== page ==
It is also important that school employees become aware of how unconscious racial biases may influence their perceptions of such incidents. Research shows that black and Latinx students face more disciplinary action and are assumed to be more adult-like and less innocent, and thus in less need of protection. Researchers, including Monique Morris and Jody Miller, have documented how school personnel routinely label black girls as “loud,” or “unladylike” when they are perceived to fail to conform to white, middle-class expectations of femininity.
Such research demonstrates how racial and gender stereotypes of girls of color can inform some school personnel’s understanding of their harassment. It can even lead educators to punish these girls’ attempts to protect themselves or to assume they provoked their own sexual harassment.
The prevalence of sexual harassment in schools also suggests that sexuality education should be made more comprehensive in terms of when it is taught. Instead of treating it as a discrete topic limited to health class, it should be incorporated into other aspects of school.
In rethinking sexuality education to address the issue of sexual harassment, for instance, schools need to think about dress-code policies. By focusing almost exclusively on girls’ attire, school officials often reinforce the sexual double standard that permits boys more freedom than girls, thereby reinforcing gender inequality. Instead, schools should concentrate on training school personnel and students on identifying, preventing, and addressing sexual harassment.
These lessons can also be incorporated into classroom discussion, where students could learn and dialogue about relevant topics in an age-appropriate manner. For instance, students can explore Title IX through history class assignments. Students’ familiarity with the federal law—which prohibits sex discrimination in educational activities and programs by institutions that receive federal funds—can empower them to demand gender equity in their schools, as well as in the larger society. Gender equity can also be examined in the social studies classroom, where teachers can facilitate student discussions of gender stereotypes in the media, for example. These types of classroom activities can also assist students in developing media-literacy skills, such as understanding how our engagement with media relates to social interactions.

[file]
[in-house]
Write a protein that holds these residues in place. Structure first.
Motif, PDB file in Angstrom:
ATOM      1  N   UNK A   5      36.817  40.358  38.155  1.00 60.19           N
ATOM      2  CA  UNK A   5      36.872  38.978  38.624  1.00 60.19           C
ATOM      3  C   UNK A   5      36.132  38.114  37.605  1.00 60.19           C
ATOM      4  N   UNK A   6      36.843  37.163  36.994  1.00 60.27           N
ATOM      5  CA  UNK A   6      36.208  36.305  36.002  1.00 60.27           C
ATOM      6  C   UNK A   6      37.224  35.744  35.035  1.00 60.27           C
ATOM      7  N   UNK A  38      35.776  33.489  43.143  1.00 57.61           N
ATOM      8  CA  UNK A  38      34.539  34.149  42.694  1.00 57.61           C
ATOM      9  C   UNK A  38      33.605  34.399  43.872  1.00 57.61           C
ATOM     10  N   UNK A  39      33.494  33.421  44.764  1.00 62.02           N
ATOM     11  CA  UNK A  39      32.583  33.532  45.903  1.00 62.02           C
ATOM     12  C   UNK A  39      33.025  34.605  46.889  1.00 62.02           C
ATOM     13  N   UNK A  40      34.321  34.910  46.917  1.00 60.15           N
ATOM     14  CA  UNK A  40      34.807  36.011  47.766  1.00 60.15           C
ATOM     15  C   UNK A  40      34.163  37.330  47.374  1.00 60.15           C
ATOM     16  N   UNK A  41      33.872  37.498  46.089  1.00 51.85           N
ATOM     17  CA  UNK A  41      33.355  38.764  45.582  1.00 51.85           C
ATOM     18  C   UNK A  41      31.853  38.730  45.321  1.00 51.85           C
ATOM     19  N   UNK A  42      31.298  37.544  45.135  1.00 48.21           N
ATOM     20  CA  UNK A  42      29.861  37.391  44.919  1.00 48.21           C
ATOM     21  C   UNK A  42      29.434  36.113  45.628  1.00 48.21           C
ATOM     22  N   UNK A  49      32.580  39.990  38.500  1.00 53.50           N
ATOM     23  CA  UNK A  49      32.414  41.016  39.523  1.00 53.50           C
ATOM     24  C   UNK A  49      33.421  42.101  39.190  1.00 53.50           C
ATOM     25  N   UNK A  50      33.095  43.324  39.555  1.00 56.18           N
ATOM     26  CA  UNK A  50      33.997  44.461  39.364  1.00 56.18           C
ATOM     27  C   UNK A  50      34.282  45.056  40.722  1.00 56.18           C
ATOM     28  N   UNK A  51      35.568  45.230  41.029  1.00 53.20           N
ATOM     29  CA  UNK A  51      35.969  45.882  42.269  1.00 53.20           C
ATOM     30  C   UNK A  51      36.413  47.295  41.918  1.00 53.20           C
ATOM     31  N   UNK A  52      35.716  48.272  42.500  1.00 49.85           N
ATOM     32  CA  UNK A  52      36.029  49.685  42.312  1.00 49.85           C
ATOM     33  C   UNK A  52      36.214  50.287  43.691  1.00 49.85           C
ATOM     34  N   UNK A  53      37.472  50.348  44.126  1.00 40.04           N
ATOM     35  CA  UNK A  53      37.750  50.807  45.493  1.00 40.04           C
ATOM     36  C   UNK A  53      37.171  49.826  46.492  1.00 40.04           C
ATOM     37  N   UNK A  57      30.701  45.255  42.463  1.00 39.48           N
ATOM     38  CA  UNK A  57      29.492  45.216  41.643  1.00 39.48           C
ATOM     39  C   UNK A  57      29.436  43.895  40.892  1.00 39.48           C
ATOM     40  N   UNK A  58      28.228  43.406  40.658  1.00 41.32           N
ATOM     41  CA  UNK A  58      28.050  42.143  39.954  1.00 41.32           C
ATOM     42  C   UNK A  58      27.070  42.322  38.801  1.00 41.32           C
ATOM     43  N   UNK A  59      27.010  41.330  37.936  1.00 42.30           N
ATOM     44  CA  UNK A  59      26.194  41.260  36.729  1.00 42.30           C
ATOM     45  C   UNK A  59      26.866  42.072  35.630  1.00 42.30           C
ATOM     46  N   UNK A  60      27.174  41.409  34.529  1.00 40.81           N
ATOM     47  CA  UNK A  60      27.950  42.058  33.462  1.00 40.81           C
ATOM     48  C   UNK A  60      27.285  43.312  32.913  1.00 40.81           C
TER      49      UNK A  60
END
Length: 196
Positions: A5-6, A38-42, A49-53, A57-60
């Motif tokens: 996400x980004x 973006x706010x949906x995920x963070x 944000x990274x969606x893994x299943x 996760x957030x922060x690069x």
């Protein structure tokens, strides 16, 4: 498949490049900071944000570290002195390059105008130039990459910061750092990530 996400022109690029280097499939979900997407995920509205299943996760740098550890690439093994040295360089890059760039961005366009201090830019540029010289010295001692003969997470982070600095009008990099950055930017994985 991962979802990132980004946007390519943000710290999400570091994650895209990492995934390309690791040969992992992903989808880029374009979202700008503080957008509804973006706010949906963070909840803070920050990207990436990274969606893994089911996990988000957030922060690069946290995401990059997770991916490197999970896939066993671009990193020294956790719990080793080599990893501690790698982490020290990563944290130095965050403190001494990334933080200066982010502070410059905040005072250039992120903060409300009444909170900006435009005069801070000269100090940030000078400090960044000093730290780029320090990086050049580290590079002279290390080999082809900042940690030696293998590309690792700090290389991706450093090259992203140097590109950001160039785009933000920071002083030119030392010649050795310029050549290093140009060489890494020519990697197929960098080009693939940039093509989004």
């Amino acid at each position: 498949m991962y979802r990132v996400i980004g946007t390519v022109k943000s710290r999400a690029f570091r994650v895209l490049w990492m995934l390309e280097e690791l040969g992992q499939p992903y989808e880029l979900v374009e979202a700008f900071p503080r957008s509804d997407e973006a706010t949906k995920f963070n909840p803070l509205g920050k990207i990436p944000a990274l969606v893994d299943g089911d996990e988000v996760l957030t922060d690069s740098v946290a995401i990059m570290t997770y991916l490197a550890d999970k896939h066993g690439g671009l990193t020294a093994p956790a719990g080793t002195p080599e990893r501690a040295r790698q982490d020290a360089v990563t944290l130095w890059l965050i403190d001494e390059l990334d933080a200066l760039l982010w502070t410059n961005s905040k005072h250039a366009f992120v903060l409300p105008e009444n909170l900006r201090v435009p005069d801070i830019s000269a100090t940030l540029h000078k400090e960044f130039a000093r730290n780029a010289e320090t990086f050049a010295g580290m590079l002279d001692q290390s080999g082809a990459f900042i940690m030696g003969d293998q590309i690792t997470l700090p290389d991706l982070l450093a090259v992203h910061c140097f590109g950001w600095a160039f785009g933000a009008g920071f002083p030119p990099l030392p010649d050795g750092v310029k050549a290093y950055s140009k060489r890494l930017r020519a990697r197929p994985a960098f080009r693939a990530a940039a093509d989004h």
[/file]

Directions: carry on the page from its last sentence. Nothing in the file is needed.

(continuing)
Young people are already facing sexual harassment in their lives, including their schools. Why not help them take it on now in a more structured context? It’s time to start these conversations earlier, help youths recognize harassment, call it out, and demand that something be done about it. Maybe this can help us move in a more concerted effort to stop making sexual harassment and gender inequality a “normal” aspect of our culture. It’s gone on too long. It’s about time we figure it out.
Lorena Garcia is an associate professor of sociology and Latin American and Latino studies at the University of Illinois at Chicago. She is a sociologist who studies the intersections of gender, sexuality, and race and the author of Respect Yourself, Protect Yourself: Latina Girls and Sexual Identity (New York University Press, 2012).